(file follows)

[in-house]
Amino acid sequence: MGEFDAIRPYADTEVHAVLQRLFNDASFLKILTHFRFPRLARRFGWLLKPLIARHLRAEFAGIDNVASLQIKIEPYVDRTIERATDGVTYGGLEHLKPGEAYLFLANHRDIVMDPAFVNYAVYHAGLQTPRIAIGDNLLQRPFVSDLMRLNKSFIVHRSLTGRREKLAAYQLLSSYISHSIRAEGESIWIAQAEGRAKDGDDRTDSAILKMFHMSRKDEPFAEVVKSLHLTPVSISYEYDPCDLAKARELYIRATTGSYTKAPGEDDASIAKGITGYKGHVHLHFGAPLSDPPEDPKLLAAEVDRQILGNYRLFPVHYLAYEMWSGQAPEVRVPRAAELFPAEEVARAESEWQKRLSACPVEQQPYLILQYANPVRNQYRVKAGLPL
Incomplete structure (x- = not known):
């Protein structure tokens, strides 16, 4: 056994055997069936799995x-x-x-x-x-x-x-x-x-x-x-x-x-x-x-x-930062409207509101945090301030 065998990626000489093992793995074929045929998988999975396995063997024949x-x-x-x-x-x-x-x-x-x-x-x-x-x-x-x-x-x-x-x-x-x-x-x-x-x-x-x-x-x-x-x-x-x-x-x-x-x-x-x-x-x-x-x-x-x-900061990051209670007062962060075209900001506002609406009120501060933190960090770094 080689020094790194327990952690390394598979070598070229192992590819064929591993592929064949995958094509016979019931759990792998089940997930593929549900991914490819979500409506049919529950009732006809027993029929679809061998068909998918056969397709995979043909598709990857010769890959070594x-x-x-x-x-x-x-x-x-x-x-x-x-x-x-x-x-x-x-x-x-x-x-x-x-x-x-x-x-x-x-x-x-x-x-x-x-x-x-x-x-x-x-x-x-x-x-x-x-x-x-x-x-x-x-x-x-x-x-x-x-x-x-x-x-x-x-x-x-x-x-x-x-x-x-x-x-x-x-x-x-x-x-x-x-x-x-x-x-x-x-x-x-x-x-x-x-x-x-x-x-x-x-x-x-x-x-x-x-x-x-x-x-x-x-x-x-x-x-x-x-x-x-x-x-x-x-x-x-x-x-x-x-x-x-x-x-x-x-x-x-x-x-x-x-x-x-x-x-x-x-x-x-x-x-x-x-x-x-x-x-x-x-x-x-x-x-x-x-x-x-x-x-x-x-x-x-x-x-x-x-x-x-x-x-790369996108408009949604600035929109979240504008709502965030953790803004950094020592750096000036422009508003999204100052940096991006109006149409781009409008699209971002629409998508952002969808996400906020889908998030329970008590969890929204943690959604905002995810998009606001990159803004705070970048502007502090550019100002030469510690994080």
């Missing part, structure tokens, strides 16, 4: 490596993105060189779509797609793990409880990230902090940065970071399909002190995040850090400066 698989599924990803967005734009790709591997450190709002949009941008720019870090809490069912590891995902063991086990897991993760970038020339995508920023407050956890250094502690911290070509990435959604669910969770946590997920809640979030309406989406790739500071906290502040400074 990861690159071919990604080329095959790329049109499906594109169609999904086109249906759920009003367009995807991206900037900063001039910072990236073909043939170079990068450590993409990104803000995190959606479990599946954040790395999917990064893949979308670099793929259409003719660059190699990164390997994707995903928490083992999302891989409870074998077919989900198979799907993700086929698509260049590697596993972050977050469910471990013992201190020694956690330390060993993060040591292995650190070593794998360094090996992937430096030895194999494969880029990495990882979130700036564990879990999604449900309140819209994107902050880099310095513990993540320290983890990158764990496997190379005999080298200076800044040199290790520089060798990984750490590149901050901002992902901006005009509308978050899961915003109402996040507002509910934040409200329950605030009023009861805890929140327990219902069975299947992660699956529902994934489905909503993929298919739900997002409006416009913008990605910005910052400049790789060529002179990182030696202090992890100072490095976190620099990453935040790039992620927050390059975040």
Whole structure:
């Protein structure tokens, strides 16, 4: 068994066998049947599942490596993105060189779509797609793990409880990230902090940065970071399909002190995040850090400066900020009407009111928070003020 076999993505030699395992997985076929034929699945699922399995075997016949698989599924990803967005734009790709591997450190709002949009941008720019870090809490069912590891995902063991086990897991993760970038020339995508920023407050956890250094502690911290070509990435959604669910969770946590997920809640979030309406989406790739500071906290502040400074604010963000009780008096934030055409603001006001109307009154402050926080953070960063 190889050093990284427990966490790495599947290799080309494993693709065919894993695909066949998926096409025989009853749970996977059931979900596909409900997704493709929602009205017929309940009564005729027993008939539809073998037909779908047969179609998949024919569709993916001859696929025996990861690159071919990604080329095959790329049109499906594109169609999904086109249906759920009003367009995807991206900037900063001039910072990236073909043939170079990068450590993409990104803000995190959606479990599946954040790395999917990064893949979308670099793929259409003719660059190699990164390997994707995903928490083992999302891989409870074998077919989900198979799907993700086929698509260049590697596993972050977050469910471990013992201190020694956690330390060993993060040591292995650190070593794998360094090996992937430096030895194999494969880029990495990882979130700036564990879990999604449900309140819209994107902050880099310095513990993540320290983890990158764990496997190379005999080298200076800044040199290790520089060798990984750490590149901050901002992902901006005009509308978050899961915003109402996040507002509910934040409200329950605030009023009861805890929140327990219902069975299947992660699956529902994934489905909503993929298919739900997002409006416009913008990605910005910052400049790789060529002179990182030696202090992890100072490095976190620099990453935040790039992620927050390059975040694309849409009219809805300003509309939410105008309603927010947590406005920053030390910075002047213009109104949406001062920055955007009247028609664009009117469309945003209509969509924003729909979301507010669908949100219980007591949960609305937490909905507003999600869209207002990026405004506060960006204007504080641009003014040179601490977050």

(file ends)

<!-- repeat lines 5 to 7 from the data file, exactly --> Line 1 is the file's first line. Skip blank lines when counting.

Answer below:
């Missing part, structure tokens, strides 16, 4: 490596993105060189779509797609793990409880990230902090940065970071399909002190995040850090400066 698989599924990803967005734009790709591997450190709002949009941008720019870090809490069912590891995902063991086990897991993760970038020339995508920023407050956890250094502690911290070509990435959604669910969770946590997920809640979030309406989406790739500071906290502040400074 990861690159071919990604080329095959790329049109499906594109169609999904086109249906759920009003367009995807991206900037900063001039910072990236073909043939170079990068450590993409990104803000995190959606479990599946954040790395999917990064893949979308670099793929259409003719660059190699990164390997994707995903928490083992999302891989409870074998077919989900198979799907993700086929698509260049590697596993972050977050469910471990013992201190020694956690330390060993993060040591292995650190070593794998360094090996992937430096030895194999494969880029990495990882979130700036564990879990999604449900309140819209994107902050880099310095513990993540320290983890990158764990496997190379005999080298200076800044040199290790520089060798990984750490590149901050901002992902901006005009509308978050899961915003109402996040507002509910934040409200329950605030009023009861805890929140327990219902069975299947992660699956529902994934489905909503993929298919739900997002409006416009913008990605910005910052400049790789060529002179990182030696202090992890100072490095976190620099990453935040790039992620927050390059975040």
Whole structure:
């Protein structure tokens, strides 16, 4: 068994066998049947599942490596993105060189779509797609793990409880990230902090940065970071399909002190995040850090400066900020009407009111928070003020 076999993505030699395992997985076929034929699945699922399995075997016949698989599924990803967005734009790709591997450190709002949009941008720019870090809490069912590891995902063991086990897991993760970038020339995508920023407050956890250094502690911290070509990435959604669910969770946590997920809640979030309406989406790739500071906290502040400074604010963000009780008096934030055409603001006001109307009154402050926080953070960063 190889050093990284427990966490790495599947290799080309494993693709065919894993695909066949998926096409025989009853749970996977059931979900596909409900997704493709929602009205017929309940009564005729027993008939539809073998037909779908047969179609998949024919569709993916001859696929025996990861690159071919990604080329095959790329049109499906594109169609999904086109249906759920009003367009995807991206900037900063001039910072990236073909043939170079990068450590993409990104803000995190959606479990599946954040790395999917990064893949979308670099793929259409003719660059190699990164390997994707995903928490083992999302891989409870074998077919989900198979799907993700086929698509260049590697596993972050977050469910471990013992201190020694956690330390060993993060040591292995650190070593794998360094090996992937430096030895194999494969880029990495990882979130700036564990879990999604449900309140819209994107902050880099310095513990993540320290983890990158764990496997190379005999080298200076800044040199290790520089060798990984750490590149901050901002992902901006005009509308978050899961915003109402996040507002509910934040409200329950605030009023009861805890929140327990219902069975299947992660699956529902994934489905909503993929298919739900997002409006416009913008990605910005910052400049790789060529002179990182030696202090992890100072490095976190620099990453935040790039992620927050390059975040694309849409009219809805300003509309939410105008309603927010947590406005920053030390910075002047213009109104949406001062920055955007009247028609664009009117469309945003209509969509924003729909979301507010669908949100219980007591949960609305937490909905507003999600869209207002990026405004506060960006204007504080641009003014040179601490977050």